While differences in the treatment of men and women under the U.S. Social Security program are now virtually nonexistent, differences in the typical work patterns of men and women have significant effects on the benefits that they receive. Some proposed changes in the Social Security program would exacerbate these differences. In any case, people need to know about the gaps in Social Security protection that can occur under certain circumstances.
Historical Treatment of Men and Women under Social Security
The Social Security program has not always been gender-neutral. At times, differences in the rules applying to men and women were quite obvious and significant. In nearly every case, women got more favorable treatment. For example, in 1956, women were granted the right to claim early-retirement benefits as early as age 62, while men had to wait until the normal retirement age of 65. (In 1961, men were also granted the right to claim early-retirement benefits at age 62.) Similarly, women were able to use, in general, three fewer years of earnings in the computation of their benefits than were men born in the same year, which results in somewhat higher benefits for women than for men with identical birth dates and earnings histories (because the average annual earnings always declines as more and more "high" years are included); this did not change until the mid-1970s.
A series of Federal court decisions and legislative changes, culminating in a massive clean-up of the Social Security Act in 1983, eliminated virtually all of the gender-based differences in the law. The only remaining difference of any significance is that women whose benefits were computed using the favorable shorter computation period that used to apply continue to receive the same benefits even today (these women are at least 86 years old in 1998). The benefits of otherwise identical men were not raised to what the benefits would have been if these beneficiaries had been able to use the more favorable computation procedure. Prospectively, however, identically situated men and women receive identical benefits provided that they have identical birth dates and earnings histories.
Gender-Related Differences in Earnings Patterns and Their Effects
Of course, men and women seldom have identical earnings histories. Men have historically spent more time in the paid labor force, and while these differences have certainly shrunk in recent decades (which have seen huge numbers of married women enter and remain in paid employment), they have not disappeared entirely. Most women still leave paid employment for at least a short time after having children, and many leave paid employment for a substantial period of years. These "gaps" in the earnings histories of women usually result in lower Social Security benefits than they would have received if they had worked steadily, as most men do.
A brief description of the computation of retired-worker benefits under Social Security will illustrate this effect. The benefit-computation procedure has the following steps:
- Social Security-covered earnings for each year from 1951 through age 60 are adjusted to reflect past changes in the national average wage; this process is called "indexing." (Earnings at age 60 and older are not adjusted in any way.)
- The year-by-year indexed earnings are put in descending order, highest to lowest.
- The highest 35 years of earnings are identified and totaled (fewer years of earnings are used for workers born before 1929).
- The total indexed earnings is divided by 420 (if 35 years were used) to obtain the Average Indexed Monthly Earnings (AIME).
- The AIME is put through a formula to obtain the Primary Insurance Amount (PIA), which is used the determine all monthly benefits payable on that worker's earnings record. The PIA is also equal to the monthly retired-worker benefit payable to that worker at his or her normal retirement age (age 65 for workers born before 1938; higher for workers born in 1938 and later, up to age 67 under present law for workers born after 1959).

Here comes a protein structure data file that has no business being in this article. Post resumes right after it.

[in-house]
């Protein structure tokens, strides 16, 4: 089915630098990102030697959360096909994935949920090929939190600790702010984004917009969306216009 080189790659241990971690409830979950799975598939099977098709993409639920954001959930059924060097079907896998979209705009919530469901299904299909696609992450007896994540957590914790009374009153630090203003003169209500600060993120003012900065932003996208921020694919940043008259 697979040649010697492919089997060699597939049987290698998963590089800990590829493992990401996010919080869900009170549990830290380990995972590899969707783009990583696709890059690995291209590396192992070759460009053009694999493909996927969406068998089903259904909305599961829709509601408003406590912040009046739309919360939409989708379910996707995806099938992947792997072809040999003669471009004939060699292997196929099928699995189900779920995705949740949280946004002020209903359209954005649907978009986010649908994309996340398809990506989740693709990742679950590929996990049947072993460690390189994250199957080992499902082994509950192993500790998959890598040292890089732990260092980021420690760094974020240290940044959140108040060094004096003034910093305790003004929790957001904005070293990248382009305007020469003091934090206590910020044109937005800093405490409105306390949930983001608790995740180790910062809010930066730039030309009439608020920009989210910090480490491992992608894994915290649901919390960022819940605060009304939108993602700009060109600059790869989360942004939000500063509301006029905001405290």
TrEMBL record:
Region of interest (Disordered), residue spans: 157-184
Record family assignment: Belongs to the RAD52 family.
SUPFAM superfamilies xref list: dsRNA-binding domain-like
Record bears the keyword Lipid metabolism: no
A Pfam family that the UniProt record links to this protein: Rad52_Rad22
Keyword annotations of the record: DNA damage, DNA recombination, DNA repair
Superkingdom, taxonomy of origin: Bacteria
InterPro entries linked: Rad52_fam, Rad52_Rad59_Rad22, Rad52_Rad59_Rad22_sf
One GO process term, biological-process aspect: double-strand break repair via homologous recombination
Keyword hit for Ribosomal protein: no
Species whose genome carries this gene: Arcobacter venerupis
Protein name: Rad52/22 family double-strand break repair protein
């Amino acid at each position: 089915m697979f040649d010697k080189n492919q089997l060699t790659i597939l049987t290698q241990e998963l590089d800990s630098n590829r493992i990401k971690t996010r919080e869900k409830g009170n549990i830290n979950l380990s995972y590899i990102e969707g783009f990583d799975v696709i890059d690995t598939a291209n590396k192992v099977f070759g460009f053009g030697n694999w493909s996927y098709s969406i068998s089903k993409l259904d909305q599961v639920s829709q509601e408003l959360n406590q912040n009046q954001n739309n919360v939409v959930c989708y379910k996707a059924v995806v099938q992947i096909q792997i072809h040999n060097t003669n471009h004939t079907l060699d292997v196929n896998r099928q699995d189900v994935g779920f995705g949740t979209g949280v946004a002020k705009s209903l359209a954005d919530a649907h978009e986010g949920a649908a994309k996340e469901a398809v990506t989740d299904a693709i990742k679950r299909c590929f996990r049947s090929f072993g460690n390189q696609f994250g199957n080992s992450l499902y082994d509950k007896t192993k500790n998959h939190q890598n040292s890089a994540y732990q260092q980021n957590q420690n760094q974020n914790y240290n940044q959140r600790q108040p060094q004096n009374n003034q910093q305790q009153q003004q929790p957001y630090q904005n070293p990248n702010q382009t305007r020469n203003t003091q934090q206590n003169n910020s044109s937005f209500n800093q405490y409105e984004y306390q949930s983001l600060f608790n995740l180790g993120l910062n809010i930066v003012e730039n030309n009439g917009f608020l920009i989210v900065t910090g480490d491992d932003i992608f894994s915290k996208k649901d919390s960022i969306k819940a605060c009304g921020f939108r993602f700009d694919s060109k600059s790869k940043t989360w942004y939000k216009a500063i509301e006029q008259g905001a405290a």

Step 3 is the critical step creating differences between the benefits of men and women. While the vast majority of men have 35 years of substantial earnings by the time they reach Social Security's eligibility age of 62, only a minority of women today have such consistent earnings. When a worker has fewer than 35 years of earnings, Social Security law requires that zero years be included, which reduces the average. For example, a women with only 25 years of lifetime earnings has her retired-worker benefit computed using those 25 years (indexed) plus 10 zero years, but still the total is divided by 420 to determine the AIME. This problem affects few men.
Even when women participate in paid employment, they still tend to earn less than men. The reasons for these differences are complicated, of course, and cannot be completely explained by scientific study. On average, however, they result in smaller Social Security benefits for women than for men.
With the tremendous increase over the last three decades in the labor-force participation rates of women, one might wonder whether these problems might not go away on their own someday. While anything is possible, that does not seem likely. Women's labor-force participation rates have risen dramatically since the 1950s, but they seem to have stabilized at around 70 percent for married women at the typical working ages (higher for single women, of course), still substantially below the rates for men, which are over 90 percent at the typical working ages. The apparent ceiling in married women's labor-force participation rates is undoubtedly related to child-bearing and child-raising, the first of which is exclusively the domain of women and the second of which is dominated by women. The differences in wage rates between men and women, which are difficult to explain currently, are even more difficult to predict, but as long as women are primarily responsible for child-care, some differential is likely to remain.
Social Security Benefits for Spouses and Widows
While Part 1 focused on retirement benefits payable to workers, millions of women receive Social Security benefits as the spouses and widows of men who worked in Social Security-covered employment. A brief review of the law may be helpful in understanding these situations.